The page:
On Friday, Lockheed Martin selected Kodiak as the West Coast site for its new Athena III medium-lift rocket. The Athena III is an upgraded version of a rocket that launched from Kodiak in 2001 and lifted the launch complex’s first satellites into orbit. An Athena II will launch from Kodiak in 2013.
“As we move forward together, we anticipate regular launches of Athena rockets from KLC. This will benefit both the nation and Alaska as work content and the associated jobs develop within the state,” said Alaska Aerospace CEO Dale Nash in a statement.
The Athena III will require a new launch pad at the Narrow Cape spaceport, and Lockheed Martin is pursuing $100 million in financing for construction.
Gov. Sean Parnell was deeply involved in the Lockheed Martin negotiations, Nash said last week, but asked that the information remain confidential until Friday’s announcement.
Parnell said he will ask the Alaska Legislature to put $25 million in the state’s capital budget for the expansion needed to launch the Athena III. The funding would allow detailed engineering to begin while the remaining money is raised through Lockheed Martin for construction to start as soon as this summer. The first Athena III launch could come from Kodiak as soon as 2014.
That launch depends on successful completion of the new launch pad and Lockheed Martin’s ability to find a customer who needs a satellite delivered to orbit.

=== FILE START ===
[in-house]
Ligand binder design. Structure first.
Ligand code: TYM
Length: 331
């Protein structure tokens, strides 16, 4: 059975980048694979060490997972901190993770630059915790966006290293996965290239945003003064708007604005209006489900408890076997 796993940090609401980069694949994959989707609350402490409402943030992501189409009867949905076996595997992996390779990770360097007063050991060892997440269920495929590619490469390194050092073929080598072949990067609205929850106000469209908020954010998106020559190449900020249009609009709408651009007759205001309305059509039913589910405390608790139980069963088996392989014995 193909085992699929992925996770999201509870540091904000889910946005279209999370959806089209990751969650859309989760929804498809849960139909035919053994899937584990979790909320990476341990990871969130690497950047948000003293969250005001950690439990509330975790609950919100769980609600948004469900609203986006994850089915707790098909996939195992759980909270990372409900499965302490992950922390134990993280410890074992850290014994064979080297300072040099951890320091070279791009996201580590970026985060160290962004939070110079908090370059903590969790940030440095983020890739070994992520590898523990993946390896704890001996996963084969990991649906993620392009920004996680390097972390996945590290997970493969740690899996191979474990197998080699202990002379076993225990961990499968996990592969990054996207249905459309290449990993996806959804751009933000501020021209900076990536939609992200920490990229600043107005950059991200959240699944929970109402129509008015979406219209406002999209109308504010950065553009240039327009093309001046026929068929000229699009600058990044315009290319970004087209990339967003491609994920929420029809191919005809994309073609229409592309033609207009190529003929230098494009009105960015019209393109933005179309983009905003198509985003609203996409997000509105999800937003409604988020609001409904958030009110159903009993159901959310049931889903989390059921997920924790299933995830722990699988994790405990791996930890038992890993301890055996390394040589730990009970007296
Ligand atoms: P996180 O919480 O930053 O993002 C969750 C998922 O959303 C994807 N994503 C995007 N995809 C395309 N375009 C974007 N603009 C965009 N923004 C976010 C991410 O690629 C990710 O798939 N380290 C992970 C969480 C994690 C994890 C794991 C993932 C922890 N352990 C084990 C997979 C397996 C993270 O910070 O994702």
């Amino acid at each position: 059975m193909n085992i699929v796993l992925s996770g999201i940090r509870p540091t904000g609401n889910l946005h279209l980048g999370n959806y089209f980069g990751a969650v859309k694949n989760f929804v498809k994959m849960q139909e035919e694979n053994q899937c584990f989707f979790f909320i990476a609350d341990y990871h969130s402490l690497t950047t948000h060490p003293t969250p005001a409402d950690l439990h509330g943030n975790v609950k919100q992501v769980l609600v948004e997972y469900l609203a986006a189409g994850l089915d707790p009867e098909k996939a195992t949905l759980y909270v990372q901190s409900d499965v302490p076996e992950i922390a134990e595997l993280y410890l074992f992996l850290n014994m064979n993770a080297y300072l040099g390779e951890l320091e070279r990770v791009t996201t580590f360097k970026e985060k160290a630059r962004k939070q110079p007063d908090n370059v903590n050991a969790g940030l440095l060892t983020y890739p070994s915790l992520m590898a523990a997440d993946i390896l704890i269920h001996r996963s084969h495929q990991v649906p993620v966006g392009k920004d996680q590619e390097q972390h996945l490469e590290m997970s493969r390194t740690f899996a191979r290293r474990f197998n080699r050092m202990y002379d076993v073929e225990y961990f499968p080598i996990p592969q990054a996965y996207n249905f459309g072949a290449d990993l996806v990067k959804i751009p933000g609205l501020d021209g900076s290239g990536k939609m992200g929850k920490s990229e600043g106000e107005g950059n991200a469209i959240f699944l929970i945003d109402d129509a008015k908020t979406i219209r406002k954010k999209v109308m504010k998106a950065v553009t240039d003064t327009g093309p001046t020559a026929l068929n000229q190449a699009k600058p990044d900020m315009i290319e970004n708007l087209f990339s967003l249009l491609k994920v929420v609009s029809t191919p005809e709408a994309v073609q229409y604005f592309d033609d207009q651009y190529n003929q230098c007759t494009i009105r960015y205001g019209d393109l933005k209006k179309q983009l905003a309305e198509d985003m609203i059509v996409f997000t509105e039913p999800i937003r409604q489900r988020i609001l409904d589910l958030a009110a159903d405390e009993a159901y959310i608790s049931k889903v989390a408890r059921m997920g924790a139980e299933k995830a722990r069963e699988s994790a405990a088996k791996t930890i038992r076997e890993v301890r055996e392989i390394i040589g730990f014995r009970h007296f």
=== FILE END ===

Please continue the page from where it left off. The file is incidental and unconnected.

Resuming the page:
The state’s $25 million contribution would be on top of $8 million inserted into the state’s operations budget to support the aerospace corporation next year.
“The Kodiak Launch Complex plays a critical role in our nation’s security. Construction of this additional launch pad will not only bring business to Alaska, but it will also create high-paying jobs in the future,” Parnell said in a statement.
Rep. Alan Austerman, who represents Kodiak in the Alaska House and is a nonvoting member of the corporation’s board, said he thinks the Legislature will approve the governor’s request.
Last week, Austerman said if the corporation couldn’t come up with a successful contract, it might have to close or sell the Kodiak Launch Complex by fall. Friday’s announcement was the kind of progress he was looking for, he said.
In testimony Thursday before the finance subcommittee of the Senate’s Military and Veterans Affairs Committee, Nash said Athena III launches, in conjunction with smaller Athena II launches, could be enough to get the corporation to break even.
“As you start to get to four launches a year, you are probably pretty close to where it can be self-sustaining,” he said. “It is not out of the realm at all where we could get into that market.”
Contact Mirror editor James Brooks at firstname.lastname@example.org.